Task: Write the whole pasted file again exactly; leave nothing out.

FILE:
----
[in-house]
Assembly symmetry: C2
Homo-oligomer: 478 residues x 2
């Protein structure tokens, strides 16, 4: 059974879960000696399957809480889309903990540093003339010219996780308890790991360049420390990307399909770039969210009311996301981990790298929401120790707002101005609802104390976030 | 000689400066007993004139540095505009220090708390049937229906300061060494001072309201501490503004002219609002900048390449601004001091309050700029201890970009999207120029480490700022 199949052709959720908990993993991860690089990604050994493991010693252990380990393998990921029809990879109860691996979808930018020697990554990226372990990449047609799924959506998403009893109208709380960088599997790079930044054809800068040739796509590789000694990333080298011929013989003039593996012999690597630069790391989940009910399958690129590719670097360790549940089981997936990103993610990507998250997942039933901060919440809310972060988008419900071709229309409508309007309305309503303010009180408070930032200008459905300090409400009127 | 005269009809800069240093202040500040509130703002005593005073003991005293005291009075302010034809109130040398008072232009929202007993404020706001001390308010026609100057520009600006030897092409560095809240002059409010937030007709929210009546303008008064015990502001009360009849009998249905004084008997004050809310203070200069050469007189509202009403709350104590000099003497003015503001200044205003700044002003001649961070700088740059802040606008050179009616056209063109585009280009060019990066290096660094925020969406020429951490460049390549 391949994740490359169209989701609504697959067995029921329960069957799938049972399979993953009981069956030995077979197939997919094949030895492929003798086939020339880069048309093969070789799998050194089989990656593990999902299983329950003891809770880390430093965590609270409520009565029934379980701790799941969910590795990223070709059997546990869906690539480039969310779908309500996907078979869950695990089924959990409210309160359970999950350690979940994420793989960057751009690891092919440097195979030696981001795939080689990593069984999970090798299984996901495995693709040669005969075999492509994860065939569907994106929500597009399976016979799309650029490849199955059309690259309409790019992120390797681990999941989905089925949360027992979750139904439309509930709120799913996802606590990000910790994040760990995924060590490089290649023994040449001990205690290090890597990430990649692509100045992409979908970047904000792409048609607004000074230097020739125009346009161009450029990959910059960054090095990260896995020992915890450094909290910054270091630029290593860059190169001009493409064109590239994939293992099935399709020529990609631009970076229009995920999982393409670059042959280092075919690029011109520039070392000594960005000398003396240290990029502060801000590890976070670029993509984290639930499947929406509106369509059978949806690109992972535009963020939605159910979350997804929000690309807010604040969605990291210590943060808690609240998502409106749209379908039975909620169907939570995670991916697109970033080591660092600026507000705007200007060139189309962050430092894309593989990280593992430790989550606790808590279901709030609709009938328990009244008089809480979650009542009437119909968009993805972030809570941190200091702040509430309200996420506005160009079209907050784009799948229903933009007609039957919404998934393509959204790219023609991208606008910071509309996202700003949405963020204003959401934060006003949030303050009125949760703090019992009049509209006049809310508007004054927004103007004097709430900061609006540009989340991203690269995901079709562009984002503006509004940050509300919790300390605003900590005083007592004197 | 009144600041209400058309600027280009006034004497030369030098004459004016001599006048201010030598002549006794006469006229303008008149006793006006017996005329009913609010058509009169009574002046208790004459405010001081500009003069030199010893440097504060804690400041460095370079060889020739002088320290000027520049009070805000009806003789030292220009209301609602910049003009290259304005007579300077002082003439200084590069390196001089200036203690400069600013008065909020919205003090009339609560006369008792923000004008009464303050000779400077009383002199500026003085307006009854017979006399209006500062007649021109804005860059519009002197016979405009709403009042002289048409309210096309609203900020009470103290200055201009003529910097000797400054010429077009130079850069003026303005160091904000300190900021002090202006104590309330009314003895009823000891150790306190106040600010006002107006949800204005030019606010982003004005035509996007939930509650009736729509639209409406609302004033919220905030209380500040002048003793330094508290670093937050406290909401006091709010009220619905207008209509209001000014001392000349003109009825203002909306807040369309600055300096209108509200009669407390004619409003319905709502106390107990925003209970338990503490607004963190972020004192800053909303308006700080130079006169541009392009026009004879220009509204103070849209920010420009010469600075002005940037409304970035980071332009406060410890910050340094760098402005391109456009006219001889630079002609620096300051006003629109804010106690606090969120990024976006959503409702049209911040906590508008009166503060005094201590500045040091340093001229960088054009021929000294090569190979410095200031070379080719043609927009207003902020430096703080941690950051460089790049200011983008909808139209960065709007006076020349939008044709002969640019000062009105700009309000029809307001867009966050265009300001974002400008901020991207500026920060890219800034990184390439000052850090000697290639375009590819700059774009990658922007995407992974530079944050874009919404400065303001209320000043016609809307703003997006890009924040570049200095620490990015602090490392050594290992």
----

[in-house]
Assembly symmetry: C2
Homo-oligomer: 478 residues x 2
């Protein structure tokens, strides 16, 4: 059974879960000696399957809480889309903990540093003339010219996780308890790991360049420390990307399909770039969210009311996301981990790298929401120790707002101005609802104390976030 | 000689400066007993004139540095505009220090708390049937229906300061060494001072309201501490503004002219609002900048390449601004001091309050700029201890970009999207120029480490700022 199949052709959720908990993993991860690089990604050994493991010693252990380990393998990921029809990879109860691996979808930018020697990554990226372990990449047609799924959506998403009893109208709380960088599997790079930044054809800068040739796509590789000694990333080298011929013989003039593996012999690597630069790391989940009910399958690129590719670097360790549940089981997936990103993610990507998250997942039933901060919440809310972060988008419900071709229309409508309007309305309503303010009180408070930032200008459905300090409400009127 | 005269009809800069240093202040500040509130703002005593005073003991005293005291009075302010034809109130040398008072232009929202007993404020706001001390308010026609100057520009600006030897092409560095809240002059409010937030007709929210009546303008008064015990502001009360009849009998249905004084008997004050809310203070200069050469007189509202009403709350104590000099003497003015503001200044205003700044002003001649961070700088740059802040606008050179009616056209063109585009280009060019990066290096660094925020969406020429951490460049390549 391949994740490359169209989701609504697959067995029921329960069957799938049972399979993953009981069956030995077979197939997919094949030895492929003798086939020339880069048309093969070789799998050194089989990656593990999902299983329950003891809770880390430093965590609270409520009565029934379980701790799941969910590795990223070709059997546990869906690539480039969310779908309500996907078979869950695990089924959990409210309160359970999950350690979940994420793989960057751009690891092919440097195979030696981001795939080689990593069984999970090798299984996901495995693709040669005969075999492509994860065939569907994106929500597009399976016979799309650029490849199955059309690259309409790019992120390797681990999941989905089925949360027992979750139904439309509930709120799913996802606590990000910790994040760990995924060590490089290649023994040449001990205690290090890597990430990649692509100045992409979908970047904000792409048609607004000074230097020739125009346009161009450029990959910059960054090095990260896995020992915890450094909290910054270091630029290593860059190169001009493409064109590239994939293992099935399709020529990609631009970076229009995920999982393409670059042959280092075919690029011109520039070392000594960005000398003396240290990029502060801000590890976070670029993509984290639930499947929406509106369509059978949806690109992972535009963020939605159910979350997804929000690309807010604040969605990291210590943060808690609240998502409106749209379908039975909620169907939570995670991916697109970033080591660092600026507000705007200007060139189309962050430092894309593989990280593992430790989550606790808590279901709030609709009938328990009244008089809480979650009542009437119909968009993805972030809570941190200091702040509430309200996420506005160009079209907050784009799948229903933009007609039957919404998934393509959204790219023609991208606008910071509309996202700003949405963020204003959401934060006003949030303050009125949760703090019992009049509209006049809310508007004054927004103007004097709430900061609006540009989340991203690269995901079709562009984002503006509004940050509300919790300390605003900590005083007592004197 | 009144600041209400058309600027280009006034004497030369030098004459004016001599006048201010030598002549006794006469006229303008008149006793006006017996005329009913609010058509009169009574002046208790004459405010001081500009003069030199010893440097504060804690400041460095370079060889020739002088320290000027520049009070805000009806003789030292220009209301609602910049003009290259304005007579300077002082003439200084590069390196001089200036203690400069600013008065909020919205003090009339609560006369008792923000004008009464303050000779400077009383002199500026003085307006009854017979006399209006500062007649021109804005860059519009002197016979405009709403009042002289048409309210096309609203900020009470103290200055201009003529910097000797400054010429077009130079850069003026303005160091904000300190900021002090202006104590309330009314003895009823000891150790306190106040600010006002107006949800204005030019606010982003004005035509996007939930509650009736729509639209409406609302004033919220905030209380500040002048003793330094508290670093937050406290909401006091709010009220619905207008209509209001000014001392000349003109009825203002909306807040369309600055300096209108509200009669407390004619409003319905709502106390107990925003209970338990503490607004963190972020004192800053909303308006700080130079006169541009392009026009004879220009509204103070849209920010420009010469600075002005940037409304970035980071332009406060410890910050340094760098402005391109456009006219001889630079002609620096300051006003629109804010106690606090969120990024976006959503409702049209911040906590508008009166503060005094201590500045040091340093001229960088054009021929000294090569190979410095200031070379080719043609927009207003902020430096703080941690950051460089790049200011983008909808139209960065709007006076020349939008044709002969640019000062009105700009309000029809307001867009966050265009300001974002400008901020991207500026920060890219800034990184390439000052850090000697290639375009590819700059774009990658922007995407992974530079944050874009919404400065303001209320000043016609809307703003997006890009924040570049200095620490990015602090490392050594290992």